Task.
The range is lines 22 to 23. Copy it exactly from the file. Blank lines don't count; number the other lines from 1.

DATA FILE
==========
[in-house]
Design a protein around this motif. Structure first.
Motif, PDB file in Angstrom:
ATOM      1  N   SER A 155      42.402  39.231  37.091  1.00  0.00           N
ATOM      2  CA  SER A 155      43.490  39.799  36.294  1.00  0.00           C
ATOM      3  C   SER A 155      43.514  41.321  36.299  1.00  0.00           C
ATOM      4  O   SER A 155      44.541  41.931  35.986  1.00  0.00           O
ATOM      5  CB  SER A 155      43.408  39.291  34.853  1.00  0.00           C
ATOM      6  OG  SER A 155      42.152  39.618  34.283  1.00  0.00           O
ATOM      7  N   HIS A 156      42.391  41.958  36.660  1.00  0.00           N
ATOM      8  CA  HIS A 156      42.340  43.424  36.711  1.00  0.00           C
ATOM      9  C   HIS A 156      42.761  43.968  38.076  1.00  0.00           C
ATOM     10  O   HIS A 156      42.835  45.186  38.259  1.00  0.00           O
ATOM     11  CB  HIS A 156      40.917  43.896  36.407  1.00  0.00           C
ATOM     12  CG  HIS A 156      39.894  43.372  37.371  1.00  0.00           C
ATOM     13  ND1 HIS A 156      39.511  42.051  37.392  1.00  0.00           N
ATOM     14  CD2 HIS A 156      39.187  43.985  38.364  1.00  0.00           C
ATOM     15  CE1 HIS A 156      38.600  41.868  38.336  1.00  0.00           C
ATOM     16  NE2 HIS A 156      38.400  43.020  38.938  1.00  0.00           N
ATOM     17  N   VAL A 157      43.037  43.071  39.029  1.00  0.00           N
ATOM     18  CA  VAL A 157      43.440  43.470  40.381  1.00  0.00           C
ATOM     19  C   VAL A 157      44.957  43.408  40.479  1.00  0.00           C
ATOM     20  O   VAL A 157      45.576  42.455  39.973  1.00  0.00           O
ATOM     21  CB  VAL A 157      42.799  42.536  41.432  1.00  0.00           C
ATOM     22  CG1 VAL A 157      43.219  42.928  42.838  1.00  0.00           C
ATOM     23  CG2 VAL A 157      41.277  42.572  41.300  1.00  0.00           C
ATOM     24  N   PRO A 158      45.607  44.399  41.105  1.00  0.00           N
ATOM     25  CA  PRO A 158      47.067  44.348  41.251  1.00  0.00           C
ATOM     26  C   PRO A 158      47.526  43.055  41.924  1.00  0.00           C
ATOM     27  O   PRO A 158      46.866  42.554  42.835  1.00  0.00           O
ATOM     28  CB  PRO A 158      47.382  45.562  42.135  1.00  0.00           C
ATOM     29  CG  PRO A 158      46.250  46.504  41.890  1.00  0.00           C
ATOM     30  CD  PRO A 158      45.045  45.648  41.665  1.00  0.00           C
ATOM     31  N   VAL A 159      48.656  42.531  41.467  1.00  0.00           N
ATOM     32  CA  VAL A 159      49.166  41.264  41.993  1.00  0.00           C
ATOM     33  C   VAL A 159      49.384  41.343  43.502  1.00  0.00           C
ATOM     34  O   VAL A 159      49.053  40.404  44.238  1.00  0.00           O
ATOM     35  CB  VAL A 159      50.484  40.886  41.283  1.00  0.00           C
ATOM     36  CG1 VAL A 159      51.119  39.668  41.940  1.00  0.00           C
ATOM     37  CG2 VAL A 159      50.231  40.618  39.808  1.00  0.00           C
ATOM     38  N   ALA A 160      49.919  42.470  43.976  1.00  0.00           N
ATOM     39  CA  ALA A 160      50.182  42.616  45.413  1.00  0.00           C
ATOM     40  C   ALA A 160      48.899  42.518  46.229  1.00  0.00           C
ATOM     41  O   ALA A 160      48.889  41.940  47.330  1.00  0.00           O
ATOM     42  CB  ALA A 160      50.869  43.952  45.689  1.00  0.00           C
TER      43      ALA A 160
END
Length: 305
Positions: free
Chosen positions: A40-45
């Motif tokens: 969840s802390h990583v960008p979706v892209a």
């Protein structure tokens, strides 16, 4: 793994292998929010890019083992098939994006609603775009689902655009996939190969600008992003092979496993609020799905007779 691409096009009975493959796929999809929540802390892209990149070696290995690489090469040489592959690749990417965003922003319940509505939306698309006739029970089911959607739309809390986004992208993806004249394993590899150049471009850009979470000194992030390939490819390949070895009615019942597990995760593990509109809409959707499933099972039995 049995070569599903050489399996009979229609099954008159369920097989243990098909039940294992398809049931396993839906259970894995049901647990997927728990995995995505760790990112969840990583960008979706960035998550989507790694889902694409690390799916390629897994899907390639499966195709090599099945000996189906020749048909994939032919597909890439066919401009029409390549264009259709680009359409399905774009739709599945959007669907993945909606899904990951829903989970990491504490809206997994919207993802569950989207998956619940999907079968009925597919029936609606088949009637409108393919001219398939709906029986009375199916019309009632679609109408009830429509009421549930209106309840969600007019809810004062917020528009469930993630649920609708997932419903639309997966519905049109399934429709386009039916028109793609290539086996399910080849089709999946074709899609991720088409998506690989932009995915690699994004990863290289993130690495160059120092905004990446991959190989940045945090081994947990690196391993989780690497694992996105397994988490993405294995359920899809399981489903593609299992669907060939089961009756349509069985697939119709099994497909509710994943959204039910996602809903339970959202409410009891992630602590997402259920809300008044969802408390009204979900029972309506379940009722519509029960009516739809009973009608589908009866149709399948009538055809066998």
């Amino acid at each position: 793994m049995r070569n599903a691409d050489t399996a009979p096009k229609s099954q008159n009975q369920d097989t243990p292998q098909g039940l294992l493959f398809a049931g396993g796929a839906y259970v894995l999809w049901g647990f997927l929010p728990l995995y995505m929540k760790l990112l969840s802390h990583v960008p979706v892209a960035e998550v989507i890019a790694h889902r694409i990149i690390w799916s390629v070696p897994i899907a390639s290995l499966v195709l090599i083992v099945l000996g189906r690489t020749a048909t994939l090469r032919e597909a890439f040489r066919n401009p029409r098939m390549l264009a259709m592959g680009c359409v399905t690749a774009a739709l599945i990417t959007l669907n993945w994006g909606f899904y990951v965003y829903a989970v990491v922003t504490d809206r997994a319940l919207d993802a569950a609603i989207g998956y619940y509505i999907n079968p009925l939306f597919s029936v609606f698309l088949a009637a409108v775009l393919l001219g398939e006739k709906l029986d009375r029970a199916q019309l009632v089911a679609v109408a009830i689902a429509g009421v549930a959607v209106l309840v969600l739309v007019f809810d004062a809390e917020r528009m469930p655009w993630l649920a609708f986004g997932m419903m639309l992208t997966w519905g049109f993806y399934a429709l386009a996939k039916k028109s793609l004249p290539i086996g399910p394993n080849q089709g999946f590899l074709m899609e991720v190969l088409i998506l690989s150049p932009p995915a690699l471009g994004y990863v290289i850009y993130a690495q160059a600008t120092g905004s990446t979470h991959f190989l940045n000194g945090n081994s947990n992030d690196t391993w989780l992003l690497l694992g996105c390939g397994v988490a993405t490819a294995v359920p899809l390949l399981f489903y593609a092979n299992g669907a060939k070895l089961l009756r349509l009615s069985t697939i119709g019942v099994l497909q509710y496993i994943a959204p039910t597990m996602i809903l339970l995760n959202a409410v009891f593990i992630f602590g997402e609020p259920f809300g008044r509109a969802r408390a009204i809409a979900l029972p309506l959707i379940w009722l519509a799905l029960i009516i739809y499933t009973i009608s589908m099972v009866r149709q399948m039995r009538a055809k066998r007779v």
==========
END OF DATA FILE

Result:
ATOM     19  C   VAL A 157      44.957  43.408  40.479  1.00  0.00           C
ATOM     20  O   VAL A 157      45.576  42.455  39.973  1.00  0.00           O